http://www.pbs.org/tpt/slavery-by-anoth … ecropping/
    In spite of all its problems, city life has always been a better bet for African Americans.  Apparently, a lot of them don't want any reminders of the rural past, even in the form of suburbs.

  18. CoreydDowdell profile image54
    CoreydDowdellposted 24 months ago

    It is easy to say or ask why don't they just move.  But if you barely have money to eat and pay bills due to low wages where is the money going to come from whereas you can just up and move.  In addition, once you move how are you going to afford to live in a better place if you can not get a job that is paying more than minimum wage?

  19. Bianca Tate profile image79
    Bianca Tateposted 15 months ago

    Because of slavery, Jim Crow, and the systematic racist society we still live in today. Allow me to explain...

    Please know that no black person WANTS to live in the ghetto.

    Slaves did not become free because they all of a sudden was tired of being a slave 150 years ago. They always didnt like being a slave.

    Slavery ended because the white people of the north was tired of paying for their industrial labor while the south got rich off their slaves. Slavery ended to make things fair among WHITE PEOPLE.

    Slavery didn't end because of us! Jim Crow didn't end because of us!

    Lincoln wrote the emancipation. Johnson signed the Civil Rights Act.

    Black people didn't make our communities the way it is. The white man built our communities they way they are.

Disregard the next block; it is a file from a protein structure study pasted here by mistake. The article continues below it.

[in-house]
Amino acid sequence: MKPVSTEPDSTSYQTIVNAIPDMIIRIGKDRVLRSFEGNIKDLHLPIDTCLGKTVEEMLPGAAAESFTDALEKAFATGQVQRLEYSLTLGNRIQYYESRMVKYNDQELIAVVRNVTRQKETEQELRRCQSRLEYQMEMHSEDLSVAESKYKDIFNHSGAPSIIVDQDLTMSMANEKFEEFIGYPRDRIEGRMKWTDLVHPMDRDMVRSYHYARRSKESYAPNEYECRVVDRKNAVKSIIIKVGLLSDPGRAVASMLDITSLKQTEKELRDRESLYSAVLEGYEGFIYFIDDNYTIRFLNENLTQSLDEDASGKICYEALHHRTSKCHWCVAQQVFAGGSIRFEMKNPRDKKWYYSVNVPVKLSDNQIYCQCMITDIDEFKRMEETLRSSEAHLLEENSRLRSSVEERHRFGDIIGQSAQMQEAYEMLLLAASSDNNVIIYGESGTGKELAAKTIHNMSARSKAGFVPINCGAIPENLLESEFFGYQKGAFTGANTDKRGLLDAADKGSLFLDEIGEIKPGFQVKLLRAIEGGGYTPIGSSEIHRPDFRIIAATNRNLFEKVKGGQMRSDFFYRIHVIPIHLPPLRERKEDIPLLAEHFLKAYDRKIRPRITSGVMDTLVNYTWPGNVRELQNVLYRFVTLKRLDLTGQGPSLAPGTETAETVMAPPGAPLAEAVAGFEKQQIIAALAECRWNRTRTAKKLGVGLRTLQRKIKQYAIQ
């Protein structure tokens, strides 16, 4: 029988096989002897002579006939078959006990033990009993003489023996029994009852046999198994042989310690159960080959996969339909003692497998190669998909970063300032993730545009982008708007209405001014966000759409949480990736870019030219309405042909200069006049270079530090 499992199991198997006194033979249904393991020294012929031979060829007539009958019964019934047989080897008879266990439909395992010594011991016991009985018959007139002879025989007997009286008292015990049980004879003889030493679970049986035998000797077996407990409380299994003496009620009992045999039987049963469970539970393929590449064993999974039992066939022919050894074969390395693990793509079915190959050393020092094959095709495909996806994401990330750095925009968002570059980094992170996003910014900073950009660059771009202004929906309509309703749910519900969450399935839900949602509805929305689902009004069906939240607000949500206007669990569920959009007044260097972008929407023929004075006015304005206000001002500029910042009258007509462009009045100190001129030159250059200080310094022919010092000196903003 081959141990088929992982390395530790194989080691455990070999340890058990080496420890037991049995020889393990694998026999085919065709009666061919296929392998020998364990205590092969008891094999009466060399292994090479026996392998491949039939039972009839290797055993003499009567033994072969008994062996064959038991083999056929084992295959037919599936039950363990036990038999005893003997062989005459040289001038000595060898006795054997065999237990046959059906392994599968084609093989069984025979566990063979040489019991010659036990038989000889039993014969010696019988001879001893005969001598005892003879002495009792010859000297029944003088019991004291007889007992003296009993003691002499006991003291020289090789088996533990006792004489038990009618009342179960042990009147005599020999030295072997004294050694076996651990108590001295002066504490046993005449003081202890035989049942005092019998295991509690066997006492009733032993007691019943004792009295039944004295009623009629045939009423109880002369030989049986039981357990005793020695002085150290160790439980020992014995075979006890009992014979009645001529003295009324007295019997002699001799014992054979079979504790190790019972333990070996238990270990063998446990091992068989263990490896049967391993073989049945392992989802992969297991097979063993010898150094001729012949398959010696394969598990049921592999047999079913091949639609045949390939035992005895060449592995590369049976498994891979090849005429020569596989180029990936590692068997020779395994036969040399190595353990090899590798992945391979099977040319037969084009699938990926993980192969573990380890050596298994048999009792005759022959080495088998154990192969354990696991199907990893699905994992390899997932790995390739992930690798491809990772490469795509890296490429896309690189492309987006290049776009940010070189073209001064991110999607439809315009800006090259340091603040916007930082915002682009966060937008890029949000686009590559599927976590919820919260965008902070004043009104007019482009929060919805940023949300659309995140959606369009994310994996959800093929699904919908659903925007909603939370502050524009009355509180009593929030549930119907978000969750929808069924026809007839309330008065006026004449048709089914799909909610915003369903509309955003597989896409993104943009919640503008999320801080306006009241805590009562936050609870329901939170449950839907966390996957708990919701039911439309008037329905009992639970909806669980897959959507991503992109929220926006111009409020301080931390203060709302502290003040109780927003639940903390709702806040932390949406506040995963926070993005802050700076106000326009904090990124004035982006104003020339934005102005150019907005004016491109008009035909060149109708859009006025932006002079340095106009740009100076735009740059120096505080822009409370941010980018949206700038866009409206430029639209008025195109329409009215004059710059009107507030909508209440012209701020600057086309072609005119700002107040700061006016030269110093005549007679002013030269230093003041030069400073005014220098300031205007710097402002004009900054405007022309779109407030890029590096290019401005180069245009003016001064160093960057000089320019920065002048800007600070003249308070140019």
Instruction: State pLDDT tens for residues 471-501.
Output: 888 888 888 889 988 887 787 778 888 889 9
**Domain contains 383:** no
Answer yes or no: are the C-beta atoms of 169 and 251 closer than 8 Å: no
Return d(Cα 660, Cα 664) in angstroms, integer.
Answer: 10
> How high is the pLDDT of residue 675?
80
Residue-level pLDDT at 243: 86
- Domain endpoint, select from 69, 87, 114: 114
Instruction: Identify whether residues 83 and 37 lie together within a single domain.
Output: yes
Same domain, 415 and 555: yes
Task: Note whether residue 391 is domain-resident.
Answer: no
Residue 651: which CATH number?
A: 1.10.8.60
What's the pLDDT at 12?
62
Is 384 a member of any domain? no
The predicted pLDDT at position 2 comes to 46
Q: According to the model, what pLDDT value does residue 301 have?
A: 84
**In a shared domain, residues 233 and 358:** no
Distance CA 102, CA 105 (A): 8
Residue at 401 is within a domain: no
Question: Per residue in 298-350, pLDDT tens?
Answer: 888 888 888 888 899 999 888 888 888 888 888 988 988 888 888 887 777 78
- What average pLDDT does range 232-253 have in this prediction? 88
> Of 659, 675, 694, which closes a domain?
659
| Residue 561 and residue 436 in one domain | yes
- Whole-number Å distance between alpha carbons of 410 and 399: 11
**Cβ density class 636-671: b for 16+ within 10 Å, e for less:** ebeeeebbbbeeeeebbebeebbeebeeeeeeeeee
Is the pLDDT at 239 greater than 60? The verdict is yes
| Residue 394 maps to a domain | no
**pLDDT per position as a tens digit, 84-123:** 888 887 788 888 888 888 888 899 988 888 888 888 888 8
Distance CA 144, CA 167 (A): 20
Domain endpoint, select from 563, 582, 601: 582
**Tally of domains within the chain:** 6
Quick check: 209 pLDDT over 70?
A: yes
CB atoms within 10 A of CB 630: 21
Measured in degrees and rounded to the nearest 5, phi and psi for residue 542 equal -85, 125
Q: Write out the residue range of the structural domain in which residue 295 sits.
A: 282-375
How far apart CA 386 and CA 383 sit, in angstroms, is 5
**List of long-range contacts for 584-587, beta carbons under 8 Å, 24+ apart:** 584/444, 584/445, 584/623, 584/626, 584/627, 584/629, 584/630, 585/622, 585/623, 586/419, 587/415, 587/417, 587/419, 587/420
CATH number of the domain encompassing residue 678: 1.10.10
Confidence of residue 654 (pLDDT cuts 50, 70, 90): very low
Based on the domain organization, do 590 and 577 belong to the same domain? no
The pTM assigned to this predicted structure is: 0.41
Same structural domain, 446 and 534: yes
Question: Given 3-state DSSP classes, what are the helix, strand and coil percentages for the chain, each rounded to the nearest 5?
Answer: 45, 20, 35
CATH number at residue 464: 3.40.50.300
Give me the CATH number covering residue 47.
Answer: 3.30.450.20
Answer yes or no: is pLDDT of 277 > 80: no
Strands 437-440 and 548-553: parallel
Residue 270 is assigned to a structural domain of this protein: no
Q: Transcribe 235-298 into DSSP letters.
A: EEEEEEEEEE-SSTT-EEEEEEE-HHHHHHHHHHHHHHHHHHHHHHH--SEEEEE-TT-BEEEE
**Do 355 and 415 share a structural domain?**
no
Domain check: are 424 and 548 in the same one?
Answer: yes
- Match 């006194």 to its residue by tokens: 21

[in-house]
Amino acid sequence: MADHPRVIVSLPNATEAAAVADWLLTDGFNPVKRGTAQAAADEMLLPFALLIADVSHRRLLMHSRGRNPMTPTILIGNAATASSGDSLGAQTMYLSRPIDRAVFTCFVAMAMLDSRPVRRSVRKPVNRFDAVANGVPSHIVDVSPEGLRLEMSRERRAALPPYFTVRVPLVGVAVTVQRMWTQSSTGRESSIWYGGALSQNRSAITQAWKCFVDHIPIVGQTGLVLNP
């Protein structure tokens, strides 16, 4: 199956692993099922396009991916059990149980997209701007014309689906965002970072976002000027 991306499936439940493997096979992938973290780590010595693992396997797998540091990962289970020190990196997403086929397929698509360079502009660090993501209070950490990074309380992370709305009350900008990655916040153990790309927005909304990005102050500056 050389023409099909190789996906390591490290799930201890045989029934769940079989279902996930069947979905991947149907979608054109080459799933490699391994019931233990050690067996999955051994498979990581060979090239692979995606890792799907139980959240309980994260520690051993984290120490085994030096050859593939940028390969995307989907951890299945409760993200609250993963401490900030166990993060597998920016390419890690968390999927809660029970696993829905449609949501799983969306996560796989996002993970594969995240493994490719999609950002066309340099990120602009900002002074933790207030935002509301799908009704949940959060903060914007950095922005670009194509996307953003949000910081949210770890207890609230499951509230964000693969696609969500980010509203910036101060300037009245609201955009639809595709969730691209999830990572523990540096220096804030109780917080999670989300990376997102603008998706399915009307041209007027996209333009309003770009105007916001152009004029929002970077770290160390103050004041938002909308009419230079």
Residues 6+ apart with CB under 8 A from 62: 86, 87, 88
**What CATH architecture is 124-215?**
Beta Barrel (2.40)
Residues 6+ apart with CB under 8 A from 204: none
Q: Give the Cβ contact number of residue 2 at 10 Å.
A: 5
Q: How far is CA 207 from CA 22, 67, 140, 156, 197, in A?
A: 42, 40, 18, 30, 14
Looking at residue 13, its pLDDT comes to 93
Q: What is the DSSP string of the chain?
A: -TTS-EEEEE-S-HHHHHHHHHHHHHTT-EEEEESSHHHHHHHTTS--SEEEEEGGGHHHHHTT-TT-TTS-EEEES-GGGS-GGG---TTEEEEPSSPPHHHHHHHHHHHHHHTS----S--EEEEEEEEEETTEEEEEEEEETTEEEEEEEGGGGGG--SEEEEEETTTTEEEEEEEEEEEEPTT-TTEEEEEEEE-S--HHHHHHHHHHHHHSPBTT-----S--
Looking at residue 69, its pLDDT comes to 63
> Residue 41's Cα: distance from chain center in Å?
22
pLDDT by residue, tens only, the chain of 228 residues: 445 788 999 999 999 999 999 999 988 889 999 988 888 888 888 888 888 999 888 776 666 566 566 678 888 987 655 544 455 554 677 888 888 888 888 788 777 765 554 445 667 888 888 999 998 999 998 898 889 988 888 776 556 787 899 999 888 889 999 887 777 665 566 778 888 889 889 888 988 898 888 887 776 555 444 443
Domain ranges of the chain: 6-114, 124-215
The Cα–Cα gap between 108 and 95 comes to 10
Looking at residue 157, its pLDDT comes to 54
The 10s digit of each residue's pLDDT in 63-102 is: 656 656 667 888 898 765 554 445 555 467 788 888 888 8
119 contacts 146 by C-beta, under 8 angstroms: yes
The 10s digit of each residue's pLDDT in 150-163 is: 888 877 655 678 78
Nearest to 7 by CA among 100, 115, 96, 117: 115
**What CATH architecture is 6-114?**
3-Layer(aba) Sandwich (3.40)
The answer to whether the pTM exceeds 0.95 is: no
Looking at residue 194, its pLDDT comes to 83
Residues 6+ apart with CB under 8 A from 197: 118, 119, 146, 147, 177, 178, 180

After slavery, they had no education, no money. The white man built the segregated communities after slavery. They were given poor schools, poor education, and poor ways of living because thy couldn't give back to the economy. And the government did not invest in them as much as they should have invested into a slave of 400 years. After slavery, they could not work in white populated work spaces or manage any white person at any job for the next 100 years.

    Talk about a MAJOR, and I do mean MAJOR set back in the economical growth in the black community.

    Our communities are not bad because of the people. Our people are bad because of the environment made for them by the people who are in charge of the economy. They are a reflection of the society that was built for them.

    Segregation ended 52 years ago.

    To put that into perspective, my 48 year old dad is the first in my lineage to be born "free." .... I'm the first in my family to ever graduate college not because they weren't smart enough. Its because it wasn't accessable to black people as e as it if for white.

    We have equal oppertunity now. But please understand it is alot harder for a black boy from the hood to be successful than a white suburb boy. And that is personal responsibility AS WELL AS governmental responsibility that is UNEQUAL in white and black communities. So they stick around.

    If a black man has the potential of being a success, but you throw him into a garbage community to grow up in, you can expect trash more often than success.